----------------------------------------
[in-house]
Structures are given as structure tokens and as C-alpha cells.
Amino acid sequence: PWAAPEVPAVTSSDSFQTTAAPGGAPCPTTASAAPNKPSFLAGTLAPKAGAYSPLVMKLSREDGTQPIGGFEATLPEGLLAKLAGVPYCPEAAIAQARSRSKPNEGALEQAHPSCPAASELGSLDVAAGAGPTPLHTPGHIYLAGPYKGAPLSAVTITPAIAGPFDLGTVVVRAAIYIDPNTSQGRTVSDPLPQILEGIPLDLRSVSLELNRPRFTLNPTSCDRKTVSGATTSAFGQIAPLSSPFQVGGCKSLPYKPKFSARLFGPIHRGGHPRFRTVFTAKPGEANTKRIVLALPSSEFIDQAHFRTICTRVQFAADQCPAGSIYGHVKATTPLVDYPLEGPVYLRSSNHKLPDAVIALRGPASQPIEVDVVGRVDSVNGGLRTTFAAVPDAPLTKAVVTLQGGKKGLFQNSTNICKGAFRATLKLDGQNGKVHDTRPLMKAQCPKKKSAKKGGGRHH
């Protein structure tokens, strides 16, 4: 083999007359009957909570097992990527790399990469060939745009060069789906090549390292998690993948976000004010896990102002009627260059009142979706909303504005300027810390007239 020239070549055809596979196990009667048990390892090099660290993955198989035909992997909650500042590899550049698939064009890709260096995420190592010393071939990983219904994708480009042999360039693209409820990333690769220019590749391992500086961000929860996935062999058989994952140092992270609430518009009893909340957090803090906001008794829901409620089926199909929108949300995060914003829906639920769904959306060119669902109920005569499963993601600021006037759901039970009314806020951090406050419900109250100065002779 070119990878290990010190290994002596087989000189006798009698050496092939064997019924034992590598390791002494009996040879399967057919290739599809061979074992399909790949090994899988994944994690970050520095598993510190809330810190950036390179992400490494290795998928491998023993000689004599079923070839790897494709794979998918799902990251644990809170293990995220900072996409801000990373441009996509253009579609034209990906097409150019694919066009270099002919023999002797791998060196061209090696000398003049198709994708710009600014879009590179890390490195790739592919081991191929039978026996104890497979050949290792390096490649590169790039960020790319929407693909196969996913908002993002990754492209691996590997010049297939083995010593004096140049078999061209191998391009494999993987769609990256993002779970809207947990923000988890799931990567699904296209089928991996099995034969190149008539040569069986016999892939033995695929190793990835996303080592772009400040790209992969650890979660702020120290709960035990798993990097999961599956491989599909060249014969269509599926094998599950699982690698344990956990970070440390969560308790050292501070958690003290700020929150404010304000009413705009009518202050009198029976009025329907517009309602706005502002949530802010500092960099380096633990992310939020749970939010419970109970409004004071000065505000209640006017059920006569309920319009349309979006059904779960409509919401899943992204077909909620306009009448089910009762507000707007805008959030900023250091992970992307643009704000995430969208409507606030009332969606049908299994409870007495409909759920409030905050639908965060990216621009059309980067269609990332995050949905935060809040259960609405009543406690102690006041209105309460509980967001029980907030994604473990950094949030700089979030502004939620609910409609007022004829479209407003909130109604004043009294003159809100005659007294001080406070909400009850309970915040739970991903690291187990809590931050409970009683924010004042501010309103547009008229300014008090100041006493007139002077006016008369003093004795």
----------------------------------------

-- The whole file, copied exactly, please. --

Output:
[in-house]
Structures are given as structure tokens and as C-alpha cells.
Amino acid sequence: PWAAPEVPAVTSSDSFQTTAAPGGAPCPTTASAAPNKPSFLAGTLAPKAGAYSPLVMKLSREDGTQPIGGFEATLPEGLLAKLAGVPYCPEAAIAQARSRSKPNEGALEQAHPSCPAASELGSLDVAAGAGPTPLHTPGHIYLAGPYKGAPLSAVTITPAIAGPFDLGTVVVRAAIYIDPNTSQGRTVSDPLPQILEGIPLDLRSVSLELNRPRFTLNPTSCDRKTVSGATTSAFGQIAPLSSPFQVGGCKSLPYKPKFSARLFGPIHRGGHPRFRTVFTAKPGEANTKRIVLALPSSEFIDQAHFRTICTRVQFAADQCPAGSIYGHVKATTPLVDYPLEGPVYLRSSNHKLPDAVIALRGPASQPIEVDVVGRVDSVNGGLRTTFAAVPDAPLTKAVVTLQGGKKGLFQNSTNICKGAFRATLKLDGQNGKVHDTRPLMKAQCPKKKSAKKGGGRHH
């Protein structure tokens, strides 16, 4: 083999007359009957909570097992990527790399990469060939745009060069789906090549390292998690993948976000004010896990102002009627260059009142979706909303504005300027810390007239 020239070549055809596979196990009667048990390892090099660290993955198989035909992997909650500042590899550049698939064009890709260096995420190592010393071939990983219904994708480009042999360039693209409820990333690769220019590749391992500086961000929860996935062999058989994952140092992270609430518009009893909340957090803090906001008794829901409620089926199909929108949300995060914003829906639920769904959306060119669902109920005569499963993601600021006037759901039970009314806020951090406050419900109250100065002779 070119990878290990010190290994002596087989000189006798009698050496092939064997019924034992590598390791002494009996040879399967057919290739599809061979074992399909790949090994899988994944994690970050520095598993510190809330810190950036390179992400490494290795998928491998023993000689004599079923070839790897494709794979998918799902990251644990809170293990995220900072996409801000990373441009996509253009579609034209990906097409150019694919066009270099002919023999002797791998060196061209090696000398003049198709994708710009600014879009590179890390490195790739592919081991191929039978026996104890497979050949290792390096490649590169790039960020790319929407693909196969996913908002993002990754492209691996590997010049297939083995010593004096140049078999061209191998391009494999993987769609990256993002779970809207947990923000988890799931990567699904296209089928991996099995034969190149008539040569069986016999892939033995695929190793990835996303080592772009400040790209992969650890979660702020120290709960035990798993990097999961599956491989599909060249014969269509599926094998599950699982690698344990956990970070440390969560308790050292501070958690003290700020929150404010304000009413705009009518202050009198029976009025329907517009309602706005502002949530802010500092960099380096633990992310939020749970939010419970109970409004004071000065505000209640006017059920006569309920319009349309979006059904779960409509919401899943992204077909909620306009009448089910009762507000707007805008959030900023250091992970992307643009704000995430969208409507606030009332969606049908299994409870007495409909759920409030905050639908965060990216621009059309980067269609990332995050949905935060809040259960609405009543406690102690006041209105309460509980967001029980907030994604473990950094949030700089979030502004939620609910409609007022004829479209407003909130109604004043009294003159809100005659007294001080406070909400009850309970915040739970991903690291187990809590931050409970009683924010004042501010309103547009008229300014008090100041006493007139002077006016008369003093004795």